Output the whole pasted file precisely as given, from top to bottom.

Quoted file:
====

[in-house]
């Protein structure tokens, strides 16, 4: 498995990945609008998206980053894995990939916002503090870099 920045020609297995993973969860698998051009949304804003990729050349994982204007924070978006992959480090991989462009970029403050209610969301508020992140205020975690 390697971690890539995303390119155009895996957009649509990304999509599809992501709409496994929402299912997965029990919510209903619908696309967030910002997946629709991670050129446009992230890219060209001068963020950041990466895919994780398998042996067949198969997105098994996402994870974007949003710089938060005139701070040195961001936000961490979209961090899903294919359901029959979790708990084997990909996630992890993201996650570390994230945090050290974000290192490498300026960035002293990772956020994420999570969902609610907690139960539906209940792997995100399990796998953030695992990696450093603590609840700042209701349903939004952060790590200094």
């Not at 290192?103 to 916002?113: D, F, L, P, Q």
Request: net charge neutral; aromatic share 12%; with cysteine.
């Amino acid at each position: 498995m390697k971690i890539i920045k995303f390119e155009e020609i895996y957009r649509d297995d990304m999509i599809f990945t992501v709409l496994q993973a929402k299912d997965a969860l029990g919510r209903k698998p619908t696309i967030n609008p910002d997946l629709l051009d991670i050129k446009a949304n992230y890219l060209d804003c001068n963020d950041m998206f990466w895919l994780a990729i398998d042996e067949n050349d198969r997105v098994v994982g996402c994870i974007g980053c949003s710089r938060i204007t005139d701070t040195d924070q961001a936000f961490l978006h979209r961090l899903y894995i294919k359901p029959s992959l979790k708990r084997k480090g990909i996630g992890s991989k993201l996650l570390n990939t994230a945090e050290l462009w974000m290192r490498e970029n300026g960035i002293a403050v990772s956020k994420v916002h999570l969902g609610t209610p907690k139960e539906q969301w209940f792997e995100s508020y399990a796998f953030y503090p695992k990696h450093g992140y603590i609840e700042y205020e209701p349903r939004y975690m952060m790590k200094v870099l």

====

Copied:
[in-house]
């Protein structure tokens, strides 16, 4: 498995990945609008998206980053894995990939916002503090870099 920045020609297995993973969860698998051009949304804003990729050349994982204007924070978006992959480090991989462009970029403050209610969301508020992140205020975690 390697971690890539995303390119155009895996957009649509990304999509599809992501709409496994929402299912997965029990919510209903619908696309967030910002997946629709991670050129446009992230890219060209001068963020950041990466895919994780398998042996067949198969997105098994996402994870974007949003710089938060005139701070040195961001936000961490979209961090899903294919359901029959979790708990084997990909996630992890993201996650570390994230945090050290974000290192490498300026960035002293990772956020994420999570969902609610907690139960539906209940792997995100399990796998953030695992990696450093603590609840700042209701349903939004952060790590200094």
């Not at 290192?103 to 916002?113: D, F, L, P, Q």
Request: net charge neutral; aromatic share 12%; with cysteine.
């Amino acid at each position: 498995m390697k971690i890539i920045k995303f390119e155009e020609i895996y957009r649509d297995d990304m999509i599809f990945t992501v709409l496994q993973a929402k299912d997965a969860l029990g919510r209903k698998p619908t696309i967030n609008p910002d997946l629709l051009d991670i050129k446009a949304n992230y890219l060209d804003c001068n963020d950041m998206f990466w895919l994780a990729i398998d042996e067949n050349d198969r997105v098994v994982g996402c994870i974007g980053c949003s710089r938060i204007t005139d701070t040195d924070q961001a936000f961490l978006h979209r961090l899903y894995i294919k359901p029959s992959l979790k708990r084997k480090g990909i996630g992890s991989k993201l996650l570390n990939t994230a945090e050290l462009w974000m290192r490498e970029n300026g960035i002293a403050v990772s956020k994420v916002h999570l969902g609610t209610p907690k139960e539906q969301w209940f792997e995100s508020y399990a796998f953030y503090p695992k990696h450093g992140y603590i609840e700042y205020e209701p349903r939004y975690m952060m790590k200094v870099l």